Armoria ecclesiastica

Bishop Robert Gray

First Anglican Bishop of Cape Town (1847-1872)

Bishop Robert Gray

ROBERT Gray, first Anglican Bishop of Cape Town, used a seal bearing the arms of his See impaled with his paternal arms.

Unfortunately the seal has markings on it that are misleading, and it is just as well that Fred Brownell[1] has provided both a drawing of the arms and a blazon.

The diocesan arms are, as is usual where a bishop’s arms are shown impaled, shown on the dexter side (for the full blazon and an explanation of these arms, see this page).

The family arms are blazoned:


Gules, semy de lis, a lion rampant argent, in a bordure engrailed ermine.


The term semy de lis means “scattered with fleurs de lis”. Since these fleurs de lis are silver, as is the lion, there is no allusion here to the fleurs de lis of France (gold on blue).

The fleur de lis is a common charge which appears to have originated in Flanders, being based on the iris flower (which was known as a type of lily in the Middle Ages). For the most probable derivation of the fleur de lis, see this page.

The border, or bordure, appears only on the outer edge of the shield: it is usual where arms are impaled for the inner part of this charge to be omitted.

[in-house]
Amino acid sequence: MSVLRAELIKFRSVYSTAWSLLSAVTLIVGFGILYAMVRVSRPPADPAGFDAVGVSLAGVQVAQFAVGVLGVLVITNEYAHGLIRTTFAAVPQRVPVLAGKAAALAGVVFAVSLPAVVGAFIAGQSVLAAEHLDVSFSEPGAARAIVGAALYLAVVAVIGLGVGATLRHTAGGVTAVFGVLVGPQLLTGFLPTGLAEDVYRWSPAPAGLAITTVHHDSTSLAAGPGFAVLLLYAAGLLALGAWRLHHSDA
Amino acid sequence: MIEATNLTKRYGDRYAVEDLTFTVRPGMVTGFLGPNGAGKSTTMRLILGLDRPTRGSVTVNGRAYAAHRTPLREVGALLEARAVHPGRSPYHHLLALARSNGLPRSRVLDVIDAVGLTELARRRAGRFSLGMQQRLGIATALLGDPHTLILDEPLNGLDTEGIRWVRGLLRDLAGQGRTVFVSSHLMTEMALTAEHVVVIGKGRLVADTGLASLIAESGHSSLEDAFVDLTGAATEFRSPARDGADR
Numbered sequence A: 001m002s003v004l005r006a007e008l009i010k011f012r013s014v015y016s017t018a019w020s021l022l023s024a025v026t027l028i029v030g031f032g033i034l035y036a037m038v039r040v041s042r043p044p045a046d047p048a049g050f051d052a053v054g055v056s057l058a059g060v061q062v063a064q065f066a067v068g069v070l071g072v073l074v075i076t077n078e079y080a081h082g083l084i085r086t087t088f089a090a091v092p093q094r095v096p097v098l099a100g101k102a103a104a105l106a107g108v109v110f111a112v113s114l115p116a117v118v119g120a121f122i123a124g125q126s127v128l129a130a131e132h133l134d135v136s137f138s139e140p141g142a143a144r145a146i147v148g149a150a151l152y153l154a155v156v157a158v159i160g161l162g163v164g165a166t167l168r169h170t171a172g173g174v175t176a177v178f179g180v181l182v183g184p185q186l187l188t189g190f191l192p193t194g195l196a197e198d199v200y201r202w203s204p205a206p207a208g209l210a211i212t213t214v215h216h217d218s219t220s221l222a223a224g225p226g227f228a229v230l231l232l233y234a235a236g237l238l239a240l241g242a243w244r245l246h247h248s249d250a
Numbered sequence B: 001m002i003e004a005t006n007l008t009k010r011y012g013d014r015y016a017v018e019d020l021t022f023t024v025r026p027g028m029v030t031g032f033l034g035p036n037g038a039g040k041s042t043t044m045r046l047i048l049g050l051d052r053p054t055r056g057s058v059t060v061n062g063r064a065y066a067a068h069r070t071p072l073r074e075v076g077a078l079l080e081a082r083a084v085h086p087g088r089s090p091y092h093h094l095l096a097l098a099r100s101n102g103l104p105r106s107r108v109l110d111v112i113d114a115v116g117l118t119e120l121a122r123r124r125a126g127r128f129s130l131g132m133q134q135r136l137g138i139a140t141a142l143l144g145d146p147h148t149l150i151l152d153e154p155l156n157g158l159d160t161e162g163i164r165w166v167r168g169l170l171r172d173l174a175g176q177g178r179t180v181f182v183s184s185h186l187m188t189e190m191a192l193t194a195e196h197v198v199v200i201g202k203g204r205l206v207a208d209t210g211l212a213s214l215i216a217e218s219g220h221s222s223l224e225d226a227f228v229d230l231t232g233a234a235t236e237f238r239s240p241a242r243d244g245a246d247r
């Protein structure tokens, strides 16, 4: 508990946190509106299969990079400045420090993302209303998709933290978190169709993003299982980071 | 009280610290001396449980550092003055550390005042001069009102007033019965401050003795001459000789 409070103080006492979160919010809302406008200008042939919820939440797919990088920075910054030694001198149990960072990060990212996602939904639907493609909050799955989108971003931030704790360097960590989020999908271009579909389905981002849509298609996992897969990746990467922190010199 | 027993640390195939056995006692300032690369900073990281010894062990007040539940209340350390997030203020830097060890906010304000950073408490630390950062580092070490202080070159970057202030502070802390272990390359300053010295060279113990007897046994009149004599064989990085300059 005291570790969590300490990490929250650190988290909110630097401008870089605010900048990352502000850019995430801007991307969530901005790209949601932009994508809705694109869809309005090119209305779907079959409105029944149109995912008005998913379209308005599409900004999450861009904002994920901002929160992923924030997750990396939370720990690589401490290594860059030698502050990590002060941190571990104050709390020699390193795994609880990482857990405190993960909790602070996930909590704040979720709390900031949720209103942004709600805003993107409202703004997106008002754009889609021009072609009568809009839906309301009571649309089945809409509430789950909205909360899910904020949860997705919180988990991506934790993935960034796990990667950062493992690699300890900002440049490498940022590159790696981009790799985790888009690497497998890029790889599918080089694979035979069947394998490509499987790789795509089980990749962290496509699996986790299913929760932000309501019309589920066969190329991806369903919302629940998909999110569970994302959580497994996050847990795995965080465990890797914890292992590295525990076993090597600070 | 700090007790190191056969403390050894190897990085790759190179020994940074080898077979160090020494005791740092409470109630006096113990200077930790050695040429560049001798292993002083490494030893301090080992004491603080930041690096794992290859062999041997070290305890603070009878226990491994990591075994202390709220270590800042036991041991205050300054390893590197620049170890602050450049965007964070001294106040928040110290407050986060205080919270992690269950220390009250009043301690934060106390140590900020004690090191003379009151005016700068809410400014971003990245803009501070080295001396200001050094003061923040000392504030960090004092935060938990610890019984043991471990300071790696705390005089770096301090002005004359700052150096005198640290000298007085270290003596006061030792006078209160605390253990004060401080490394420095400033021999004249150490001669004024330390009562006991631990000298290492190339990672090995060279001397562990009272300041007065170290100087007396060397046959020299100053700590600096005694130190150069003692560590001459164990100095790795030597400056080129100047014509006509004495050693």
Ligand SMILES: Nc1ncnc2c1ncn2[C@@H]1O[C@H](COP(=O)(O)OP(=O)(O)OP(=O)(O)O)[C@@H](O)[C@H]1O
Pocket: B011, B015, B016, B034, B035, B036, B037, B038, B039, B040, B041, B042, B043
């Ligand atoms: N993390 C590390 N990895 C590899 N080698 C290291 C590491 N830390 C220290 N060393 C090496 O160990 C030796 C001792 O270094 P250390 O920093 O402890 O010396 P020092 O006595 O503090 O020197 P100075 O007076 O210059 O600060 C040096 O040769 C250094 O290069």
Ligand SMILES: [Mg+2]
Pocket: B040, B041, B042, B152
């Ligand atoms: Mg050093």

Brownell notes: “These arms, which appear on the back of Robert Gray’s simple original throne, and in the much more ornate cathedra[2] of the Archbishop (fashioned from part of the organ screen of Westminster Abbey), which stand in St George’s Cathedral, Cape Town, are the arms of the Diocese of Cape Town (ancient) impaling Gray’s paternal arms.

“A large similar combination also appears on Robert Gray’s episcopal seal, with the circumscription: THE SEAL OF ROBERT GRAY. D.D. BISHOP OF CAPE TOWN 1847. In this seal the field to the Gray arms is, however, hatched as Azure (instead of Gules) and it is semé of Ermine spots insead of being semé-de-lis.”

In a footnote, Brownell mentions that the book The Blazon of Episcopacy, by W K Riland Bedford, displays the Gray arms as borne by his father, also Robert Gray, who was Bishop of Bristol from 1827 to ’34 – that is to say, the same family coat impaled with the three gold crowns on black of the Bristol Diocese.

[1] In Heraldry of the Church of the Province of Southern Africa, 1847-2000, by F G Brownell, published by Heraldsholme CC, Pretoria 2002.

[2] The term cathedral is derived from this piece of furniture, the bishop’s throne, and indicates the church building where it is normally kept.


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Comments, queries: Mike Oettle